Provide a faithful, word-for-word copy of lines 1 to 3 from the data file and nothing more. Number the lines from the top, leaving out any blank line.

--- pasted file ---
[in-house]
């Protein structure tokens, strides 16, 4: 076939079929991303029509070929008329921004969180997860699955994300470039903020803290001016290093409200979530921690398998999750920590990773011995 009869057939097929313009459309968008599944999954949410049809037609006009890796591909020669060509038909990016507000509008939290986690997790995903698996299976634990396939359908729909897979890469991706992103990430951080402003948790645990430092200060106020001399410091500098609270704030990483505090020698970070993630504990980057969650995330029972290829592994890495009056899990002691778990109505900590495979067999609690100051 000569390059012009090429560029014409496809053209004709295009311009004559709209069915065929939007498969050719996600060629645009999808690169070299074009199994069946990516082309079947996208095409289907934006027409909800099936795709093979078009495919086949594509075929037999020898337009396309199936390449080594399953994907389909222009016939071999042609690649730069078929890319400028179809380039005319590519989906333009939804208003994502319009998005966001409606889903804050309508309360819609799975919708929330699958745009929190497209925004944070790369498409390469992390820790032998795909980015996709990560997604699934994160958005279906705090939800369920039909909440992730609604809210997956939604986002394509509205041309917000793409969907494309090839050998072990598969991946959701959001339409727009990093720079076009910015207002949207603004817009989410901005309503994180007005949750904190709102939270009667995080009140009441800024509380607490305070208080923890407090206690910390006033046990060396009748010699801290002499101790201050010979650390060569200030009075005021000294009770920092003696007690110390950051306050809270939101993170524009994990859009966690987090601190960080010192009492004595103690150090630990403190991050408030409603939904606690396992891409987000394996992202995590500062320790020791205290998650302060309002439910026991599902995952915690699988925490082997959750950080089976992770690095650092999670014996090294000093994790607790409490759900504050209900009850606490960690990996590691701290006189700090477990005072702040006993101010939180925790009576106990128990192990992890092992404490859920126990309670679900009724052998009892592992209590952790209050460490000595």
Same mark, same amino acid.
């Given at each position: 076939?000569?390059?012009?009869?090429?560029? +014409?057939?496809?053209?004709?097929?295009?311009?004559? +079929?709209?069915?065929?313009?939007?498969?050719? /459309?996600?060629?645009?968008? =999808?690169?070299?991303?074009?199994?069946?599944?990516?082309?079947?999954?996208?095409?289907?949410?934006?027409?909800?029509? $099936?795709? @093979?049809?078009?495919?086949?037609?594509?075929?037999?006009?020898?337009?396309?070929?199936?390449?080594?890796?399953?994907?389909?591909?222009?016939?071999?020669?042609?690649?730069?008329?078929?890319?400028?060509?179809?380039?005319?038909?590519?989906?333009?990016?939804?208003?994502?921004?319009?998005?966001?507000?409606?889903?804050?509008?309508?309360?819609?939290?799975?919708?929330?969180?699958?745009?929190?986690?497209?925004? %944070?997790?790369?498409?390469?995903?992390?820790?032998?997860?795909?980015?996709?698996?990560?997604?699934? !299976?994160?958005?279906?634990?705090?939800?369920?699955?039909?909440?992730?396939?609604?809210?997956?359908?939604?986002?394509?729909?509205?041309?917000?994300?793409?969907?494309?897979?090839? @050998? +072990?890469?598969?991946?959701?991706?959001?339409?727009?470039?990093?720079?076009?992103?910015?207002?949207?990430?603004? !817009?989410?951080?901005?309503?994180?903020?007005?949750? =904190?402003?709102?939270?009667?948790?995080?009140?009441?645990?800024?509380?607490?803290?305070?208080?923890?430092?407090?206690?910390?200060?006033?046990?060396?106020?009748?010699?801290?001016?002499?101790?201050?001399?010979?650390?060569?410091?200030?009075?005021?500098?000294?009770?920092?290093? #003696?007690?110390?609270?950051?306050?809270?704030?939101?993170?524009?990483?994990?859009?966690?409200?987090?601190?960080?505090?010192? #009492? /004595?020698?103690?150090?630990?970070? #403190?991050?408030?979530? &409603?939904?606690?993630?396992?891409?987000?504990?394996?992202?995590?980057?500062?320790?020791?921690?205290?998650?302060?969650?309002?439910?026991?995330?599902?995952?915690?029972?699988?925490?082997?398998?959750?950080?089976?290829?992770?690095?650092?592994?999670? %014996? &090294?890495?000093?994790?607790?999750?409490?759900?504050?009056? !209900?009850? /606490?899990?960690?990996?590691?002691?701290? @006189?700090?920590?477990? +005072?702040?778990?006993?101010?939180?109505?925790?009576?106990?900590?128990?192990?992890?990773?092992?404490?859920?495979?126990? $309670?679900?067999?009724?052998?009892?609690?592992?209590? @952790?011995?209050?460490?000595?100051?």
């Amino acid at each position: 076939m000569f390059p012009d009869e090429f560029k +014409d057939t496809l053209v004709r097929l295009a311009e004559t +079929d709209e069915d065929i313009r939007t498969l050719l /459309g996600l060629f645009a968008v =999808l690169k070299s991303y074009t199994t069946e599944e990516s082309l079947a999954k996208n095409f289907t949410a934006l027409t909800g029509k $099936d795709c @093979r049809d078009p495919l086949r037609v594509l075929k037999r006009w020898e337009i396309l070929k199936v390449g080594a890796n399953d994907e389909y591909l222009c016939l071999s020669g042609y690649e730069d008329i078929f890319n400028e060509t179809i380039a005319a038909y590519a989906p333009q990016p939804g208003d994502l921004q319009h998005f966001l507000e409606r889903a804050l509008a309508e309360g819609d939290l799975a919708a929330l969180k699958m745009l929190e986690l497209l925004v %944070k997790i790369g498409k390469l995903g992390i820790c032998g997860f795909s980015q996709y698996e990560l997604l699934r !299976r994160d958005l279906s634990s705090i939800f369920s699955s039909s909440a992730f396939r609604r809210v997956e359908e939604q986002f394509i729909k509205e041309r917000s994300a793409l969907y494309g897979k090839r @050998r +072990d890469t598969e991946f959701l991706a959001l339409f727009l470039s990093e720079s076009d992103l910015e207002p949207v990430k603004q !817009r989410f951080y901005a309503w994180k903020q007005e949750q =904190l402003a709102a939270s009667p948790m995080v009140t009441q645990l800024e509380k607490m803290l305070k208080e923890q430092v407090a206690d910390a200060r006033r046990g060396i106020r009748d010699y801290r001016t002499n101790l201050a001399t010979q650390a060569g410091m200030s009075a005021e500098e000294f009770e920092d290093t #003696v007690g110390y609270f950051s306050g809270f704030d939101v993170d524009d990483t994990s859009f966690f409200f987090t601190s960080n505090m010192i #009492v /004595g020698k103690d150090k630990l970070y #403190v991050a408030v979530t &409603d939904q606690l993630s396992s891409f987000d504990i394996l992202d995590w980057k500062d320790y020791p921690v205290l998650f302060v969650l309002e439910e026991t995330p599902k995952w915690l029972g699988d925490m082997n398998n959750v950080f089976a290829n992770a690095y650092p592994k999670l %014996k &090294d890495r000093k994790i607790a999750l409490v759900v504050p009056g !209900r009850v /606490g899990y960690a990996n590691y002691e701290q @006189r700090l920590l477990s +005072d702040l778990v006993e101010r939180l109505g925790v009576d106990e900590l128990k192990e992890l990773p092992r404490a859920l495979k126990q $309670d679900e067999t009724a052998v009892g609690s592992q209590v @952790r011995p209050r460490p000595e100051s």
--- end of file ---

[in-house]
């Protein structure tokens, strides 16, 4: 076939079929991303029509070929008329921004969180997860699955994300470039903020803290001016290093409200979530921690398998999750920590990773011995 009869057939097929313009459309968008599944999954949410049809037609006009890796591909020669060509038909990016507000509008939290986690997790995903698996299976634990396939359908729909897979890469991706992103990430951080402003948790645990430092200060106020001399410091500098609270704030990483505090020698970070993630504990980057969650995330029972290829592994890495009056899990002691778990109505900590495979067999609690100051 000569390059012009090429560029014409496809053209004709295009311009004559709209069915065929939007498969050719996600060629645009999808690169070299074009199994069946990516082309079947996208095409289907934006027409909800099936795709093979078009495919086949594509075929037999020898337009396309199936390449080594399953994907389909222009016939071999042609690649730069078929890319400028179809380039005319590519989906333009939804208003994502319009998005966001409606889903804050309508309360819609799975919708929330699958745009929190497209925004944070790369498409390469992390820790032998795909980015996709990560997604699934994160958005279906705090939800369920039909909440992730609604809210997956939604986002394509509205041309917000793409969907494309090839050998072990598969991946959701959001339409727009990093720079076009910015207002949207603004817009989410901005309503994180007005949750904190709102939270009667995080009140009441800024509380607490305070208080923890407090206690910390006033046990060396009748010699801290002499101790201050010979650390060569200030009075005021000294009770920092003696007690110390950051306050809270939101993170524009994990859009966690987090601190960080010192009492004595103690150090630990403190991050408030409603939904606690396992891409987000394996992202995590500062320790020791205290998650302060309002439910026991599902995952915690699988925490082997959750950080089976992770690095650092999670014996090294000093994790607790409490759900504050209900009850606490960690990996590691701290006189700090477990005072702040006993101010939180925790009576106990128990192990992890092992404490859920126990309670679900009724052998009892592992209590952790209050460490000595």
Same mark, same amino acid.